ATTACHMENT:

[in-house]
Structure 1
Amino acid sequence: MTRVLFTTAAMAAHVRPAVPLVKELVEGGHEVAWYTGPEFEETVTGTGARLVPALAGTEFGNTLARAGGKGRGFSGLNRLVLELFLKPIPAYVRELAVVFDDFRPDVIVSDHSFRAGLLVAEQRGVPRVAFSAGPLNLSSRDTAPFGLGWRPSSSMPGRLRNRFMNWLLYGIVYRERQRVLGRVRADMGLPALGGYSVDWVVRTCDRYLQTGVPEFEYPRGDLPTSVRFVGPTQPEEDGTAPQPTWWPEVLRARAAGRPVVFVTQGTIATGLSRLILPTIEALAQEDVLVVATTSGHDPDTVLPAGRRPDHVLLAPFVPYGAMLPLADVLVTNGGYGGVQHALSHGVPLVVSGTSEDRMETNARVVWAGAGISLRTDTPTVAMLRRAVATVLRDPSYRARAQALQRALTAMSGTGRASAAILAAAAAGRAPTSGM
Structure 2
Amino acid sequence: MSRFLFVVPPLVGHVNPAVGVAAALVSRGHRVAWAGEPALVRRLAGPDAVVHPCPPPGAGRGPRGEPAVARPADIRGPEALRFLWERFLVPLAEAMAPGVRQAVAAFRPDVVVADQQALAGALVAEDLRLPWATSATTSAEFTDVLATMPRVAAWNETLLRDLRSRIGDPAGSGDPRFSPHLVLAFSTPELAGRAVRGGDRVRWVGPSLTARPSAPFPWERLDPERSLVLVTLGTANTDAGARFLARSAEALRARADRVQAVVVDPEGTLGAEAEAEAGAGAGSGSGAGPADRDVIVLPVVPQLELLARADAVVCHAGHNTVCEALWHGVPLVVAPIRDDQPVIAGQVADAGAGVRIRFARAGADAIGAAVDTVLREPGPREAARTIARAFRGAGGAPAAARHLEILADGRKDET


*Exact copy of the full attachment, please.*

[in-house]
Structure 1
Amino acid sequence: MTRVLFTTAAMAAHVRPAVPLVKELVEGGHEVAWYTGPEFEETVTGTGARLVPALAGTEFGNTLARAGGKGRGFSGLNRLVLELFLKPIPAYVRELAVVFDDFRPDVIVSDHSFRAGLLVAEQRGVPRVAFSAGPLNLSSRDTAPFGLGWRPSSSMPGRLRNRFMNWLLYGIVYRERQRVLGRVRADMGLPALGGYSVDWVVRTCDRYLQTGVPEFEYPRGDLPTSVRFVGPTQPEEDGTAPQPTWWPEVLRARAAGRPVVFVTQGTIATGLSRLILPTIEALAQEDVLVVATTSGHDPDTVLPAGRRPDHVLLAPFVPYGAMLPLADVLVTNGGYGGVQHALSHGVPLVVSGTSEDRMETNARVVWAGAGISLRTDTPTVAMLRRAVATVLRDPSYRARAQALQRALTAMSGTGRASAAILAAAAAGRAPTSGM
Structure 2
Amino acid sequence: MSRFLFVVPPLVGHVNPAVGVAAALVSRGHRVAWAGEPALVRRLAGPDAVVHPCPPPGAGRGPRGEPAVARPADIRGPEALRFLWERFLVPLAEAMAPGVRQAVAAFRPDVVVADQQALAGALVAEDLRLPWATSATTSAEFTDVLATMPRVAAWNETLLRDLRSRIGDPAGSGDPRFSPHLVLAFSTPELAGRAVRGGDRVRWVGPSLTARPSAPFPWERLDPERSLVLVTLGTANTDAGARFLARSAEALRARADRVQAVVVDPEGTLGAEAEAEAGAGAGSGSGAGPADRDVIVLPVVPQLELLARADAVVCHAGHNTVCEALWHGVPLVVAPIRDDQPVIAGQVADAGAGVRIRFARAGADAIGAAVDTVLREPGPREAARTIARAFRGAGGAPAAARHLEILADGRKDET